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MagicianT

PmodI2S2 bill of material (BOM).

Question

Hi,

Is there any info I can get on the type of components for PmodI2S2 codec module.

I observed unusually high THD level at the DAC outputs, that make me think about C4 & C5 (3.3uF).

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Hi @MagicianT

Welcome to the Digilent forums!

We do not publicly share our BOM's.  Looking at our internal BOM it uses generic capacitors and resistors and would fall into this statement I got from one of our design engineers.

"For discrete parts without part number see following requirements:

All ceramic capacitors are temperature coefficient X5R, X7R or C0G, unless specified otherwise.

Capacitors without maximum voltage rating are 6.3V or greater.

Capacitors without tolerance specification are 10% (20% if 10% is unavailable) or better.

Resistors without power rating are 1/16W or greater.

Resistors without tolerance specification are 5% or better."

If there are specific components your are want more information about please let us know.

best regards,

Jon

 

 

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All ceramic capacitors are temperature coefficient X5R, X7R or C0G, unless specified otherwise.

I 'd like to refer to TI, page 5, 6, 7 https://training.ti.com/system/files/docs/1324 - Low Distortion Design 4 - slides.pdf

or Maxim-IC https://pdfserv.maximintegrated.com/en/an/AN4333.pdf

Those docs explain in details why X5R & X7R are NO-GO into audio design, especially with high quality codecs  (-100dB THD level). 

My test setup shows almost -40 dB for 2-nd harmonics at lower frequency end, and -80 dB in the middle band. It's not even close to what I was expecting reading cs4344 data sheet.

 

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Hi @MagicianT,

I have reached out to a co-worker to try to get more specific information about the capacitors and resistors on the Pmod I2S2. In the meantime, I did reach out to one of our design engineers about this thread. They responded that the input is meant to be line level high impedance.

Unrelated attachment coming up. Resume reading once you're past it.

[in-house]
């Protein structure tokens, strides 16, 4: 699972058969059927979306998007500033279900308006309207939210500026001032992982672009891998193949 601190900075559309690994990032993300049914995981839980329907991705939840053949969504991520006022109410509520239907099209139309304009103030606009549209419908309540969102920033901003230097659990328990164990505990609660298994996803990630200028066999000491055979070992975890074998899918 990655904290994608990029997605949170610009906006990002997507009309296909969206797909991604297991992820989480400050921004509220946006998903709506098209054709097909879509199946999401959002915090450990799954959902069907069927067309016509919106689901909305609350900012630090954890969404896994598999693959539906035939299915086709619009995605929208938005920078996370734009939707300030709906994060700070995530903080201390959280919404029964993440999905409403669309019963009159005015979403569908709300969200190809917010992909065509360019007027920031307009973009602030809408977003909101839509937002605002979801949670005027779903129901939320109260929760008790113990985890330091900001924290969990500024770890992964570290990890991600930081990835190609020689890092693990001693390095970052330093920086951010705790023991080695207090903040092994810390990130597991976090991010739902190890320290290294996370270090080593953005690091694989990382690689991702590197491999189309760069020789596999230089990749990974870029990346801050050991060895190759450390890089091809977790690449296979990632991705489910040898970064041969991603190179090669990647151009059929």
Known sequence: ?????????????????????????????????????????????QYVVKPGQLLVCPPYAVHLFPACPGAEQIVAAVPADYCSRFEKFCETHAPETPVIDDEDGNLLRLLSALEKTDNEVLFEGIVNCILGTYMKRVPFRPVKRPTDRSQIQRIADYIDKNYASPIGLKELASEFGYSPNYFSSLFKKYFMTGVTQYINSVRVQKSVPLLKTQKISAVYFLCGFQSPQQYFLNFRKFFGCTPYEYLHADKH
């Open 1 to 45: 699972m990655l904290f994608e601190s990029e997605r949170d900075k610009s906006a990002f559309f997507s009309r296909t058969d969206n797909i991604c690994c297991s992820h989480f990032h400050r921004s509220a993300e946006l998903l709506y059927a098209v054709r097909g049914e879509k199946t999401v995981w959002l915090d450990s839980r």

Are you trying to use a microphone?  Which typically has low impedance.

best regards,

Jon

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1 hour ago, jpeyron said:

Are you trying to use a microphone?  Which typically has low impedance.

 In my first message, I mention 

Quote

that make me think about C4 & C5 (3.3uF).

than if you open schematic from this link: https://reference.digilentinc.com/_media/reference/pmod/pmodi2s2/pmodi2s2_sch.pdf

you see that C4 & C5 at the OUTPUT of the DAC CS4344. Outputs left & right channels were loaded with standard 47k impedance of the USB sound card.

I have another codec from the same manufacturer (Cirrus Logic) CS4354 that doesn't require DC blocking capacitors, and I'm pretty sure my test setup is perfect, since I get -94dB THD running two codecs in parallel simultaneously. Same data bus, same clock etc. Since DAC are always slaves on I2S, nothing prevents line up 2 or more units for comparative testing. 

I would expect same issue for the INPUT to ADC CS5343 ( C14 & C15), but I didn't test this part yet.

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Hi @MagicianT,

I was able to get more information about the capacitors 

C4- C5 3.3uF, ceramic, 10%, 16V, X5R, 0805

C14-15, 1uF, ceramic, 10% 10V X5R, 0805

best regards,

Jon

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It's a pity, that X5R type of capacitors was used in the audio path.  Cirrus Logic missed to put a note into CS4344 data sheet on this occasion, as they did for CS4354 

https://statics.cirrus.com/pubs/proDatasheet/CS4354_F3.pdf

page 12, figure 5:

Quote

Note 1: Capacitors must be C0G or equivalent.

I can add, that even common aluminium electrolytic capacitors would be better choice to keep THD at low level. 

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Posted (edited)

For readers not familiar with why C0G is better than X5R in this application, you can find a simple explanation here. (The links @MagicianT posted above go into much more detail.)

In particular it explains (C0G have class 1 dielectrics. X5R have class 2 dielectrics)...

"If you design audio devices, or if you simply prefer quiet PCBs, you have another reason to choose C0G over X7R or X5R: Class 2 caps exhibit piezoelectric behavior that can cause them to function as both microphones (that will convert sound into electrical noise) and buzzers (that will convert AC signals into audible noise). Class 1 capacitors don’t have this problem."

Edited by kwilber

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